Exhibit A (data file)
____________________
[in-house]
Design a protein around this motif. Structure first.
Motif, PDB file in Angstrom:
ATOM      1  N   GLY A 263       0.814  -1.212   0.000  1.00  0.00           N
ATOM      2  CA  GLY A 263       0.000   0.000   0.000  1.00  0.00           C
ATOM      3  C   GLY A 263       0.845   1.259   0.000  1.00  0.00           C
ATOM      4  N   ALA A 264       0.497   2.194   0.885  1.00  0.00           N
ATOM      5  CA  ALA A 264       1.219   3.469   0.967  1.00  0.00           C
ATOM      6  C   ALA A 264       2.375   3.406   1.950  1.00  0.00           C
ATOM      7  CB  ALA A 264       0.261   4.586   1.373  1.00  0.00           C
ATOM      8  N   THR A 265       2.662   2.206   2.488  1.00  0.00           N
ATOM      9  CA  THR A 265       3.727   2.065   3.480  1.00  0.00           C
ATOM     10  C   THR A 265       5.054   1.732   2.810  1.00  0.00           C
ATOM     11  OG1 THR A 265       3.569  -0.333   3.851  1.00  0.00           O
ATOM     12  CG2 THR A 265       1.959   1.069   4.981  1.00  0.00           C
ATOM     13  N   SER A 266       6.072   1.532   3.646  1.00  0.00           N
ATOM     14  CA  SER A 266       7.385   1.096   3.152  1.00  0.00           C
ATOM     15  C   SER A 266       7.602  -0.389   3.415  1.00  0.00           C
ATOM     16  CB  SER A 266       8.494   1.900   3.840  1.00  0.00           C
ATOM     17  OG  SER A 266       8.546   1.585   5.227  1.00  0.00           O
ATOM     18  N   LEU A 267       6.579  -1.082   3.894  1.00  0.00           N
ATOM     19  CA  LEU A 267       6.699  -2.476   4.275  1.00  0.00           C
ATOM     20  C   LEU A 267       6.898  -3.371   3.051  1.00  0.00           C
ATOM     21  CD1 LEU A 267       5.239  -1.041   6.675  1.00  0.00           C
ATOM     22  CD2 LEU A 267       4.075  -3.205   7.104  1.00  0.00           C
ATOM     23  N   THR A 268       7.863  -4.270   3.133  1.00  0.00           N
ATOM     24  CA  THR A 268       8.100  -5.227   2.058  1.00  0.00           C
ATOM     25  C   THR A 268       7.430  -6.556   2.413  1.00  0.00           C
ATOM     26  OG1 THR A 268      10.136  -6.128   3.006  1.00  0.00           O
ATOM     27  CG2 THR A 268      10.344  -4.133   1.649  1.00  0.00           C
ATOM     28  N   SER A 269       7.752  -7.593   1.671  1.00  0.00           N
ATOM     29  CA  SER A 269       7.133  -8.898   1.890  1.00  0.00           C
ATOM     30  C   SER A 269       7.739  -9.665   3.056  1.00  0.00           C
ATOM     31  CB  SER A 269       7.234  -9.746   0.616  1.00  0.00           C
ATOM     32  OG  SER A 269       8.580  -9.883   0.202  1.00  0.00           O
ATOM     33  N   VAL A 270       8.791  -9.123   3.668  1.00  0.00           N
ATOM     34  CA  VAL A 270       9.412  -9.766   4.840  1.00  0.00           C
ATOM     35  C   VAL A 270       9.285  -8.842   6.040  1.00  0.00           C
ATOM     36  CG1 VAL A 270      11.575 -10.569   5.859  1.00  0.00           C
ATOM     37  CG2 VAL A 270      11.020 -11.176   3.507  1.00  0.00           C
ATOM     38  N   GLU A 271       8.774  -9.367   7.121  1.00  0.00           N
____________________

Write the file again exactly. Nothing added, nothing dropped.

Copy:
[in-house]
Design a protein around this motif. Structure first.
Motif, PDB file in Angstrom:
ATOM      1  N   GLY A 263       0.814  -1.212   0.000  1.00  0.00           N
ATOM      2  CA  GLY A 263       0.000   0.000   0.000  1.00  0.00           C
ATOM      3  C   GLY A 263       0.845   1.259   0.000  1.00  0.00           C
ATOM      4  N   ALA A 264       0.497   2.194   0.885  1.00  0.00           N
ATOM      5  CA  ALA A 264       1.219   3.469   0.967  1.00  0.00           C
ATOM      6  C   ALA A 264       2.375   3.406   1.950  1.00  0.00           C
ATOM      7  CB  ALA A 264       0.261   4.586   1.373  1.00  0.00           C
ATOM      8  N   THR A 265       2.662   2.206   2.488  1.00  0.00           N
ATOM      9  CA  THR A 265       3.727   2.065   3.480  1.00  0.00           C
ATOM     10  C   THR A 265       5.054   1.732   2.810  1.00  0.00           C
ATOM     11  OG1 THR A 265       3.569  -0.333   3.851  1.00  0.00           O
ATOM     12  CG2 THR A 265       1.959   1.069   4.981  1.00  0.00           C
ATOM     13  N   SER A 266       6.072   1.532   3.646  1.00  0.00           N
ATOM     14  CA  SER A 266       7.385   1.096   3.152  1.00  0.00           C
ATOM     15  C   SER A 266       7.602  -0.389   3.415  1.00  0.00           C
ATOM     16  CB  SER A 266       8.494   1.900   3.840  1.00  0.00           C
ATOM     17  OG  SER A 266       8.546   1.585   5.227  1.00  0.00           O
ATOM     18  N   LEU A 267       6.579  -1.082   3.894  1.00  0.00           N
ATOM     19  CA  LEU A 267       6.699  -2.476   4.275  1.00  0.00           C
ATOM     20  C   LEU A 267       6.898  -3.371   3.051  1.00  0.00           C
ATOM     21  CD1 LEU A 267       5.239  -1.041   6.675  1.00  0.00           C
ATOM     22  CD2 LEU A 267       4.075  -3.205   7.104  1.00  0.00           C
ATOM     23  N   THR A 268       7.863  -4.270   3.133  1.00  0.00           N
ATOM     24  CA  THR A 268       8.100  -5.227   2.058  1.00  0.00           C
ATOM     25  C   THR A 268       7.430  -6.556   2.413  1.00  0.00           C
ATOM     26  OG1 THR A 268      10.136  -6.128   3.006  1.00  0.00           O
ATOM     27  CG2 THR A 268      10.344  -4.133   1.649  1.00  0.00           C
ATOM     28  N   SER A 269       7.752  -7.593   1.671  1.00  0.00           N
ATOM     29  CA  SER A 269       7.133  -8.898   1.890  1.00  0.00           C
ATOM     30  C   SER A 269       7.739  -9.665   3.056  1.00  0.00           C
ATOM     31  CB  SER A 269       7.234  -9.746   0.616  1.00  0.00           C
ATOM     32  OG  SER A 269       8.580  -9.883   0.202  1.00  0.00           O
ATOM     33  N   VAL A 270       8.791  -9.123   3.668  1.00  0.00           N
ATOM     34  CA  VAL A 270       9.412  -9.766   4.840  1.00  0.00           C
ATOM     35  C   VAL A 270       9.285  -8.842   6.040  1.00  0.00           C
ATOM     36  CG1 VAL A 270      11.575 -10.569   5.859  1.00  0.00           C
ATOM     37  CG2 VAL A 270      11.020 -11.176   3.507  1.00  0.00           C
ATOM     38  N   GLU A 271       8.774  -9.367   7.121  1.00  0.00           N